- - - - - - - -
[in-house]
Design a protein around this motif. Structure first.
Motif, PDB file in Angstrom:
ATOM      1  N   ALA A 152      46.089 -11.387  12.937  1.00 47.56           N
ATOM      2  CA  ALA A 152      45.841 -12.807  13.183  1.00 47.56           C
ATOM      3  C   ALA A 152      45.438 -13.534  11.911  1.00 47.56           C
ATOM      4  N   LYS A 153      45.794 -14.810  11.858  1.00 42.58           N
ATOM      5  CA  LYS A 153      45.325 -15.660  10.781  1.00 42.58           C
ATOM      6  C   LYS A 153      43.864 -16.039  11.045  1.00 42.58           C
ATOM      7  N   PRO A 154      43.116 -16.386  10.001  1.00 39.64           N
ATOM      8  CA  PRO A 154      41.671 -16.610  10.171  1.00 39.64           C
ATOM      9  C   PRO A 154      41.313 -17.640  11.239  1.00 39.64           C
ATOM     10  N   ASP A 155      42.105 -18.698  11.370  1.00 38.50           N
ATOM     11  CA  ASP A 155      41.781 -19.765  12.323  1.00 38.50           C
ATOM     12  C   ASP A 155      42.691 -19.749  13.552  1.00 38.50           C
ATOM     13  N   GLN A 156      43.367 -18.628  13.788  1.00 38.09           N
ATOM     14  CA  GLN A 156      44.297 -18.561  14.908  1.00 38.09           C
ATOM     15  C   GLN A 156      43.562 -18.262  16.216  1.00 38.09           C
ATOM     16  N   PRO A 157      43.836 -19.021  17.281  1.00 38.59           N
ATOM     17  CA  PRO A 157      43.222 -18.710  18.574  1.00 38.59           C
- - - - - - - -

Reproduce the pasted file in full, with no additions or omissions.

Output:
[in-house]
Design a protein around this motif. Structure first.
Motif, PDB file in Angstrom:
ATOM      1  N   ALA A 152      46.089 -11.387  12.937  1.00 47.56           N
ATOM      2  CA  ALA A 152      45.841 -12.807  13.183  1.00 47.56           C
ATOM      3  C   ALA A 152      45.438 -13.534  11.911  1.00 47.56           C
ATOM      4  N   LYS A 153      45.794 -14.810  11.858  1.00 42.58           N
ATOM      5  CA  LYS A 153      45.325 -15.660  10.781  1.00 42.58           C
ATOM      6  C   LYS A 153      43.864 -16.039  11.045  1.00 42.58           C
ATOM      7  N   PRO A 154      43.116 -16.386  10.001  1.00 39.64           N
ATOM      8  CA  PRO A 154      41.671 -16.610  10.171  1.00 39.64           C
ATOM      9  C   PRO A 154      41.313 -17.640  11.239  1.00 39.64           C
ATOM     10  N   ASP A 155      42.105 -18.698  11.370  1.00 38.50           N
ATOM     11  CA  ASP A 155      41.781 -19.765  12.323  1.00 38.50           C
ATOM     12  C   ASP A 155      42.691 -19.749  13.552  1.00 38.50           C
ATOM     13  N   GLN A 156      43.367 -18.628  13.788  1.00 38.09           N
ATOM     14  CA  GLN A 156      44.297 -18.561  14.908  1.00 38.09           C
ATOM     15  C   GLN A 156      43.562 -18.262  16.216  1.00 38.09           C
ATOM     16  N   PRO A 157      43.836 -19.021  17.281  1.00 38.59           N
ATOM     17  CA  PRO A 157      43.222 -18.710  18.574  1.00 38.59           C